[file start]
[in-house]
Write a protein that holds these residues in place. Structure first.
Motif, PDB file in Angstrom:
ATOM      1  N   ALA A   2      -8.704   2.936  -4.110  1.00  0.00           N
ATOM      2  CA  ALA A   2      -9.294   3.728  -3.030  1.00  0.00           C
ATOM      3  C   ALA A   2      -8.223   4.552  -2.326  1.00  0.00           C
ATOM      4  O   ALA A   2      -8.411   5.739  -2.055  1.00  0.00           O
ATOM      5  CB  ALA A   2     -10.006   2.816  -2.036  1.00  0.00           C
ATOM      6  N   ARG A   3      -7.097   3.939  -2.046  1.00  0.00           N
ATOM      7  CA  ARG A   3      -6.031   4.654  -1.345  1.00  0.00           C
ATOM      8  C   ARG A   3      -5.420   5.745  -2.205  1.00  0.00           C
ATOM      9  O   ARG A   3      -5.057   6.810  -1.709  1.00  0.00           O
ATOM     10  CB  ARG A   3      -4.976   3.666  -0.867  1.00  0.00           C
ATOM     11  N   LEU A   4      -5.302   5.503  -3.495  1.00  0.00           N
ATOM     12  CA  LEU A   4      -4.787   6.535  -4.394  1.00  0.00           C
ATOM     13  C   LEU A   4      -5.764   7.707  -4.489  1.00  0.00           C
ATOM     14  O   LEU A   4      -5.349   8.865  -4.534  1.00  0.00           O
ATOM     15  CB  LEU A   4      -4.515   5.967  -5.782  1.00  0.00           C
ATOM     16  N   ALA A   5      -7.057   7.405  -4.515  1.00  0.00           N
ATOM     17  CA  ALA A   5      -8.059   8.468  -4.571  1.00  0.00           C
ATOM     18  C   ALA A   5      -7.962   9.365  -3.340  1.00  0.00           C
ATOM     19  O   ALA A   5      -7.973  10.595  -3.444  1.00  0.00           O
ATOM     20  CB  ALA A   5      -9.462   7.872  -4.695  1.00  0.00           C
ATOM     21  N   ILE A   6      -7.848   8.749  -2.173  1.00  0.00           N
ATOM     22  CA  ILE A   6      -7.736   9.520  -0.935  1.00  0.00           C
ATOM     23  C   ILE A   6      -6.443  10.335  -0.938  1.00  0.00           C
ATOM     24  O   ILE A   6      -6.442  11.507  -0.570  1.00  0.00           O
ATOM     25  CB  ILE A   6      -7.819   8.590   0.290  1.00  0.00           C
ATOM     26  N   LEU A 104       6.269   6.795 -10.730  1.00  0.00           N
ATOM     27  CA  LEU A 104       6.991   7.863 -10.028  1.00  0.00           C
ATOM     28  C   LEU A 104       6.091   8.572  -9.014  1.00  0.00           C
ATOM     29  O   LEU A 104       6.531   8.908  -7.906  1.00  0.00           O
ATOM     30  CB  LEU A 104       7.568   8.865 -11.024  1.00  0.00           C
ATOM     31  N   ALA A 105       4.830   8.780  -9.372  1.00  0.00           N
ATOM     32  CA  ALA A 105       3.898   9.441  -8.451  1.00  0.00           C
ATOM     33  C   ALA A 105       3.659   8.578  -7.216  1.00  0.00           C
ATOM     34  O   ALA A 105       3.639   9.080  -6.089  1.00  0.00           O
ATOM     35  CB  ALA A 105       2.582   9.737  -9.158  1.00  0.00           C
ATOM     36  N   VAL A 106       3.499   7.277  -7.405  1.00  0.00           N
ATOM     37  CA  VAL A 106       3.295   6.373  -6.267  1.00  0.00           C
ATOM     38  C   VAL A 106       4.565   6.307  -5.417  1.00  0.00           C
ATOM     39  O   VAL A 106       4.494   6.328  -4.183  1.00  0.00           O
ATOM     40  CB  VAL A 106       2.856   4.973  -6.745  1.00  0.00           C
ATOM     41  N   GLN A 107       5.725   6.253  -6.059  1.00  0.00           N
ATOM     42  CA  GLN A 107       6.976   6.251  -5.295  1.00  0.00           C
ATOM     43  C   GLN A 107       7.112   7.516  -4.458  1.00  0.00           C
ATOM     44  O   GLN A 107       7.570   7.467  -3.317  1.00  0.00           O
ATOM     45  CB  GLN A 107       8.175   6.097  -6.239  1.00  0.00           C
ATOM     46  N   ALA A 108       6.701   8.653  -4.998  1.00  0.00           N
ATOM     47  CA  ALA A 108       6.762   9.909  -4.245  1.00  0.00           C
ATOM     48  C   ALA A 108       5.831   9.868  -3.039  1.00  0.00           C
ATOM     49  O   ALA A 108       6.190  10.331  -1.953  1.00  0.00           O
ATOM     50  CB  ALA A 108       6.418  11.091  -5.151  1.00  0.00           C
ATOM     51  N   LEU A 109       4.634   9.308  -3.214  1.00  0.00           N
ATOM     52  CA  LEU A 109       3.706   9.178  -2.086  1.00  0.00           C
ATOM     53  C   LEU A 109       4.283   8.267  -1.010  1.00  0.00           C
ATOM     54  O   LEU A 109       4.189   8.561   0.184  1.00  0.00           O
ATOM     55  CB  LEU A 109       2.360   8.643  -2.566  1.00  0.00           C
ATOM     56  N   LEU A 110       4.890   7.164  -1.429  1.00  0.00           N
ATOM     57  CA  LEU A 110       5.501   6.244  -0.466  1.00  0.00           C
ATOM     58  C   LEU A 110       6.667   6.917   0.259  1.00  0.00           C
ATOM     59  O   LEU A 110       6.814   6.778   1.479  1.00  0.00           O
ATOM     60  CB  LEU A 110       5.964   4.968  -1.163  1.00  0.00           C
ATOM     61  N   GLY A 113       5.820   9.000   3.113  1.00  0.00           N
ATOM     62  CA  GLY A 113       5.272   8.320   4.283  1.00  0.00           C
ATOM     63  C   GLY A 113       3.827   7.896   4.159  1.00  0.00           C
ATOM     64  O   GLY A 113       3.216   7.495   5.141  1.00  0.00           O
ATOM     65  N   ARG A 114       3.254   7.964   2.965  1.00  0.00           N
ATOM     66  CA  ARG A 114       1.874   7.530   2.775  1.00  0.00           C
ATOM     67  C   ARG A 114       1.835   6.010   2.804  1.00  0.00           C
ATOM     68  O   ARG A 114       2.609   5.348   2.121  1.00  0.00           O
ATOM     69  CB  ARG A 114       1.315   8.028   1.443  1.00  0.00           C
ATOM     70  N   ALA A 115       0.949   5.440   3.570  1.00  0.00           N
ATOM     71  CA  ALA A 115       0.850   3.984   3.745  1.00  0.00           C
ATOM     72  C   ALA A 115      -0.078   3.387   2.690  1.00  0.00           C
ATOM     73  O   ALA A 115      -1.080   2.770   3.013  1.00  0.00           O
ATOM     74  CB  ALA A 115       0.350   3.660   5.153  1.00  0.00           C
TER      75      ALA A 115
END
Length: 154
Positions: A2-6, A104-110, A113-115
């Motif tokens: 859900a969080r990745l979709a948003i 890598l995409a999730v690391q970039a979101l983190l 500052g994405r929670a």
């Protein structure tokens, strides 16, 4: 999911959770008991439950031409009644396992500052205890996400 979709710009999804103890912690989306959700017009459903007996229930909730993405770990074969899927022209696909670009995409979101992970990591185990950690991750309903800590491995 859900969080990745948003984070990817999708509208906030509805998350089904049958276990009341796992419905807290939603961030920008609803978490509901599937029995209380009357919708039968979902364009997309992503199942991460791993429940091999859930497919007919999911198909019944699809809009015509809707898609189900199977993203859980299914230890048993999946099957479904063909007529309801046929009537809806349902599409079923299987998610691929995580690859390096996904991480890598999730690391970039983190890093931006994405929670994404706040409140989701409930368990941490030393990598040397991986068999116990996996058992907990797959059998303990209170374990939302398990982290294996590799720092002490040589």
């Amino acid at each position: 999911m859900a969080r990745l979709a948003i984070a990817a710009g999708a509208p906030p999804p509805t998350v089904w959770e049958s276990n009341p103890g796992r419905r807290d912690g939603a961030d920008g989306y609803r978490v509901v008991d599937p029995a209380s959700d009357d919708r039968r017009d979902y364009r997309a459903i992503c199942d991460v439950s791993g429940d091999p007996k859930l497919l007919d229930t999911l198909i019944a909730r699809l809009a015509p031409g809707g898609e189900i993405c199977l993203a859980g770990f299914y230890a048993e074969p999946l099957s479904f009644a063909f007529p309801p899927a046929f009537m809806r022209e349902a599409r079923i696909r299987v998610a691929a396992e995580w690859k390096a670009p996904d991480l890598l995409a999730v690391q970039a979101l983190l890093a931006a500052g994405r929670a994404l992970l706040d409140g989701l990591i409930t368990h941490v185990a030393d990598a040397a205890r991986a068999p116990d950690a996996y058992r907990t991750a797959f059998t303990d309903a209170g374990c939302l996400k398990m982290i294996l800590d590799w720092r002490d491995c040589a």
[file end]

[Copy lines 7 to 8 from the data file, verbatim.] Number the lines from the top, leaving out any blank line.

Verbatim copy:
ATOM      4  O   ALA A   2      -8.411   5.739  -2.055  1.00  0.00           O
ATOM      5  CB  ALA A   2     -10.006   2.816  -2.036  1.00  0.00           C